• It is challenging to get names of methods you want to use, by the .NET and WPL documentation.
  • PowerShell Execution Policies.
    • I myself like to create and use a batch file “powershell_unrestricted.ps1” with the contents “PowerShell.exe -ExecutionPolicy Unrestricted” :-) to work without restrictions.
  • File location:
    • Modules:
      • Powerscript modules are located in subdirectories of the Windows directory “C:\Windows\System32\WindowsPowerShell\v1.0\Modules”.
      • You may open your modules directory with PowerShell by “explorer.exe ($PSHOME | Join-Path -ChildPath Modules)”.
    • Autoexec files ( e.g. <user> = “Administrator” ). If you refer to other files in the directory, you have to specify the full absolute path to it!
      • “C:\Users\Administrator\Documents\WindowsPowerShell”.
        • “C:\Users\Administrator\Documents\WindowsPowerShell\Microsoft.PowerShell_profile.ps1”.
        • “C:\Users\Administrator\Documents\WindowsPowerShell\Microsoft.PowerShellISE_profile.ps1”.
  • Reset.
  • My experience with ISE “caching” of old files ( see StackOverflow "Windows PowerShell ISE running old version" ):
    • The behaviour of ISE is different for PS modules ( .psm1 ) and simple PS scripts ( ps1 ). I am using PS&ISE with Win10Pro.
      • My experience with modules ( .PSM1 )
        1. Load a module file “hello.psm1” already placed in a proper module directory ( e.g. “C:\Users\MyUserName\Documents\WindowsPowerShell\Modules\Hello” ) by ISE.
        2. Execute a function by “Run Selection” ( you may not execute modules by “Run Script” ).
        3. Modify the file, e.g. the output of the function 'Write-Host “Hello World!”' to 'Write-Host “Hello”' and save the file.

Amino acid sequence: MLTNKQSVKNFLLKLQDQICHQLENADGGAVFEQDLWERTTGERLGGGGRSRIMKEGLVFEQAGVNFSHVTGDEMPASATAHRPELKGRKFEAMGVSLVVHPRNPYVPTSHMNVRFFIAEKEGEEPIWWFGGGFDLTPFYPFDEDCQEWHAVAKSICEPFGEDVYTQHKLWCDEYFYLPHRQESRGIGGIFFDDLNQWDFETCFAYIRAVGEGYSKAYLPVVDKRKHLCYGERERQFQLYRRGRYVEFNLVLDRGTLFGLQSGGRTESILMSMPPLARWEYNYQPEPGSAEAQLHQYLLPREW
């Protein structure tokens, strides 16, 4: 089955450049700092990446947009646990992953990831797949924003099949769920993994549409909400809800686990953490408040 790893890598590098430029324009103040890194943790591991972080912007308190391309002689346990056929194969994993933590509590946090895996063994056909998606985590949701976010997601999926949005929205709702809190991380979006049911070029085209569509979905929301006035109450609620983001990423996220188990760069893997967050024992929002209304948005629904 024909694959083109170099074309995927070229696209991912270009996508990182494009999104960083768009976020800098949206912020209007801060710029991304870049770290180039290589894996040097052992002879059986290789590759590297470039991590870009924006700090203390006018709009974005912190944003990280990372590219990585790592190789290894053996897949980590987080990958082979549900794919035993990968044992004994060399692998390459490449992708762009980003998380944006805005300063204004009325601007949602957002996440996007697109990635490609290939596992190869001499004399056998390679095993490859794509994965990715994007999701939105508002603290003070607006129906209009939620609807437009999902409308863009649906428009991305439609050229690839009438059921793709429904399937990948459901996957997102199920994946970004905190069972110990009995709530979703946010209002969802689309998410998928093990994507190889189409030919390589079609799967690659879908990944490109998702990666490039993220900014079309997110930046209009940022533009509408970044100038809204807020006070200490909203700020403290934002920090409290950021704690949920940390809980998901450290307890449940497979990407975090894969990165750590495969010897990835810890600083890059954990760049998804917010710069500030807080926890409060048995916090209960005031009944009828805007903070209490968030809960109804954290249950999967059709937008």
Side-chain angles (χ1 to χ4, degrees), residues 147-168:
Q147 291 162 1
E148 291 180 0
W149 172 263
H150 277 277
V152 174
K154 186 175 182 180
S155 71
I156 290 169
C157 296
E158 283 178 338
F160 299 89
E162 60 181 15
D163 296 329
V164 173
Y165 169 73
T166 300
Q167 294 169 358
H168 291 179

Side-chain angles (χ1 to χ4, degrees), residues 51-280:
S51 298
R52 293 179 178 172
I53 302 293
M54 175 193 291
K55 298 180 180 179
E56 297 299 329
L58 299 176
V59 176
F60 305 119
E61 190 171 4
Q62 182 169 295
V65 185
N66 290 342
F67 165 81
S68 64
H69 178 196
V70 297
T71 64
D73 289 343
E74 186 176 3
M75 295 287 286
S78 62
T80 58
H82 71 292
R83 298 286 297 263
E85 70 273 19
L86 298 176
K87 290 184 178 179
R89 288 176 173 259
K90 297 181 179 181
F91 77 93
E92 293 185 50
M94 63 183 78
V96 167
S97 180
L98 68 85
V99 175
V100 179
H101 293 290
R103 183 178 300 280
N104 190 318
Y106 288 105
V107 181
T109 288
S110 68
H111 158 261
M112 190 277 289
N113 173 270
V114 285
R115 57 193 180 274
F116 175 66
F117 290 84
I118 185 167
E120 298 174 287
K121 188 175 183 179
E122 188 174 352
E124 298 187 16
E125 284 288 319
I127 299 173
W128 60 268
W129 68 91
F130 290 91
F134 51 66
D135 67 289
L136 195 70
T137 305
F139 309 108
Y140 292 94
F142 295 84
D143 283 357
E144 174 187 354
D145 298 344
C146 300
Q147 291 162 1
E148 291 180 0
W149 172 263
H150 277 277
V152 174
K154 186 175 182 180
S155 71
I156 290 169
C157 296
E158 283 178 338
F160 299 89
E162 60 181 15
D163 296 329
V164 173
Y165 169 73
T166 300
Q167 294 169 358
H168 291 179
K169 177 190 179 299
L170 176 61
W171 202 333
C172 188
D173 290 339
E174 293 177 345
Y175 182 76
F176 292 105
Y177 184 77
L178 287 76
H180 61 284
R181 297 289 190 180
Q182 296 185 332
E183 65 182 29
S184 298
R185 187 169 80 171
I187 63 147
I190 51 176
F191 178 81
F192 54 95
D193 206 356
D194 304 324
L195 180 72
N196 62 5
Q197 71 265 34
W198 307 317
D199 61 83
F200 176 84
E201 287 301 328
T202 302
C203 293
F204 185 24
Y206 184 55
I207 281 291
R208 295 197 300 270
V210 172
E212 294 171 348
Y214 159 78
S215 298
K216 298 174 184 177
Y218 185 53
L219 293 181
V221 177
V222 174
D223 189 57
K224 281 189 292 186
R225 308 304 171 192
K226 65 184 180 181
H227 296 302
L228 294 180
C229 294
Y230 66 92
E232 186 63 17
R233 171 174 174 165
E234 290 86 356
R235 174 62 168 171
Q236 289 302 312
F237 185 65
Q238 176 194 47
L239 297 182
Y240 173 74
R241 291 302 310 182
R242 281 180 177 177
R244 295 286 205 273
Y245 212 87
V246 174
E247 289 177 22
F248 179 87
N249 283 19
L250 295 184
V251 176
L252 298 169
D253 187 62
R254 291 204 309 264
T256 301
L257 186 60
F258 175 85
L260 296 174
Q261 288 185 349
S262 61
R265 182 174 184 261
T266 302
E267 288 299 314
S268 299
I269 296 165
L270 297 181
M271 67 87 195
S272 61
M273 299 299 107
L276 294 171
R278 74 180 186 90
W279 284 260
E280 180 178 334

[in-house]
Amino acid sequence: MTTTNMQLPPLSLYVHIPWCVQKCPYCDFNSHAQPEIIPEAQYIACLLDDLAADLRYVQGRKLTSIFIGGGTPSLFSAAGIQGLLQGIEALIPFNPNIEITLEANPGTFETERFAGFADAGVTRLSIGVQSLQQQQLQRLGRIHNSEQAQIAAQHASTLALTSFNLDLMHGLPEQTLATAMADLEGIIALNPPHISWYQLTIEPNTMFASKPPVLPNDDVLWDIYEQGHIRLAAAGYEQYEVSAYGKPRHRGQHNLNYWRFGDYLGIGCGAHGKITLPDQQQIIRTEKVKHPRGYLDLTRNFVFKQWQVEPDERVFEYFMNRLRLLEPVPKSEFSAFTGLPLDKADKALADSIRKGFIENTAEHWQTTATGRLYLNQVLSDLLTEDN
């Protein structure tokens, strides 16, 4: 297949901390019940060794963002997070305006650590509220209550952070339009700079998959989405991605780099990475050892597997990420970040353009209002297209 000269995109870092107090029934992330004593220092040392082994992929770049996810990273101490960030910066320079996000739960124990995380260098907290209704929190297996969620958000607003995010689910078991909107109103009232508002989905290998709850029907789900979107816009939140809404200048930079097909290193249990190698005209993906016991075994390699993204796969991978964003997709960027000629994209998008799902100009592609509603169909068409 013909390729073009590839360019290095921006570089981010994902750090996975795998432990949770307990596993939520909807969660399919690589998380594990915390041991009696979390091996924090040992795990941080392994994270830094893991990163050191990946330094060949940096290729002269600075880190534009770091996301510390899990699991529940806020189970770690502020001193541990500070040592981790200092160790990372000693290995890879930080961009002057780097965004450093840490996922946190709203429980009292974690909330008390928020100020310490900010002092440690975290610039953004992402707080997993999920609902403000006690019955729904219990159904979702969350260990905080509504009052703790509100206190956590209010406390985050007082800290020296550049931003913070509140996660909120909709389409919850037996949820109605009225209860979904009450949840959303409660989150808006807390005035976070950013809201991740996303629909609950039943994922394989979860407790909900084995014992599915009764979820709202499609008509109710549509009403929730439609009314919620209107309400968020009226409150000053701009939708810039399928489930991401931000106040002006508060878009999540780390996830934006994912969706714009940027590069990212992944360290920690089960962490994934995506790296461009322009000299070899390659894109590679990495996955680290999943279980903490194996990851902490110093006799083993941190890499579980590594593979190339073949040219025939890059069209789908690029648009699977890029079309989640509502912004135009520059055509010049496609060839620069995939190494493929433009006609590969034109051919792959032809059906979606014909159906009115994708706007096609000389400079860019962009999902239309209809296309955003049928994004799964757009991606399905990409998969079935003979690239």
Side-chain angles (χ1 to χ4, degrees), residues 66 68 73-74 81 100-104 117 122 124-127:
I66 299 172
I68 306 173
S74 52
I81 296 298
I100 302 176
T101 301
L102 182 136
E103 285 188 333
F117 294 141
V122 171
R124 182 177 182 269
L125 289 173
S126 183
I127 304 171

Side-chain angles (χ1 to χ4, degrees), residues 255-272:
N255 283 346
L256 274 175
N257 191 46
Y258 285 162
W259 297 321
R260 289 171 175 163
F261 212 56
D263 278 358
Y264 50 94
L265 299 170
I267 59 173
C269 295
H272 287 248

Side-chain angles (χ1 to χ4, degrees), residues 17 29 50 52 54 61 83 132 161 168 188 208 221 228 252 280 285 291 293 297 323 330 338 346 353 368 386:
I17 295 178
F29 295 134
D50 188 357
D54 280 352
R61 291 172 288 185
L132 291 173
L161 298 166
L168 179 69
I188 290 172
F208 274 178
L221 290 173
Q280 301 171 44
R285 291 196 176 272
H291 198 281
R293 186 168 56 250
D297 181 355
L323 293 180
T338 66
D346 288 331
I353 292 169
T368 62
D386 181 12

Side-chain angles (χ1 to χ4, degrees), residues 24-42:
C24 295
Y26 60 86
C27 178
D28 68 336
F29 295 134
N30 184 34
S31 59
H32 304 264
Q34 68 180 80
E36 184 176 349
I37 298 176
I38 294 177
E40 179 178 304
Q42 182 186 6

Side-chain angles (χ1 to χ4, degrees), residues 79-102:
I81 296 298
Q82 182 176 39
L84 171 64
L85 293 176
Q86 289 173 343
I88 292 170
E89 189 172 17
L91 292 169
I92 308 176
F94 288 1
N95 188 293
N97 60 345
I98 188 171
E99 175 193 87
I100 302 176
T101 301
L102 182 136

4. Execute a function by “Run selection”, and it will execute the old function, with old output, e.g. “Hello World!”. This is also true if I repeat the “Run Selection” command.
        5. Just if I leave ISE and load it again, the new function is executed by “Run Selection”.
      • My experience with scripts ( .PS1 ).
        1. If I execute “Run Selection”, the same behaviour as with modules.
        2. If I execute once “Run Script” and by that the function is called, the current version of the function is executed. Of course I call the function ( e.g. on line number 100 ) in the file “after” it is defined ( e.g. in lines 10-20 ). By this, there is no caching.
        3. Especially and consequently, if I execute once “Run Script”, while the executed code doesn't call the function, and then execute my function by “Run Selection”, the current version of the function is executed.
      • Here is my workaround to make module development more comfortable:
        • Simple scripts may be executed by “Run script”.
        • If I want to develop a module ( .PSM1 ), I name it as simple script ( .PS1 ) during the development phase. I place the file ( e.g. “hello.ps1” ) already in the proper module folder, e.g. “C:\Users\MyUserName\Documents\WindowsPowerShell\Modules\Hello” for a module “Hello”. Of course by this I can´t execute the functions as module functions from PowerShell console. I just want to use ISE to call functions for testing.
        • As modules are not executed as script, there is no executable code in the file, but just functions ( AFAIK ). So I may safely execute a “Run Script” on my script.
        • So if I modify a module file under ISE development, I always first execute “Run Script”, before I execute a function by “Run Selection”. By this I always execute the current version of a function.

Windows Powershell Projects

Windows Powershell Resources


PowerShell Links for Developers

Powershell Testing

The Script Language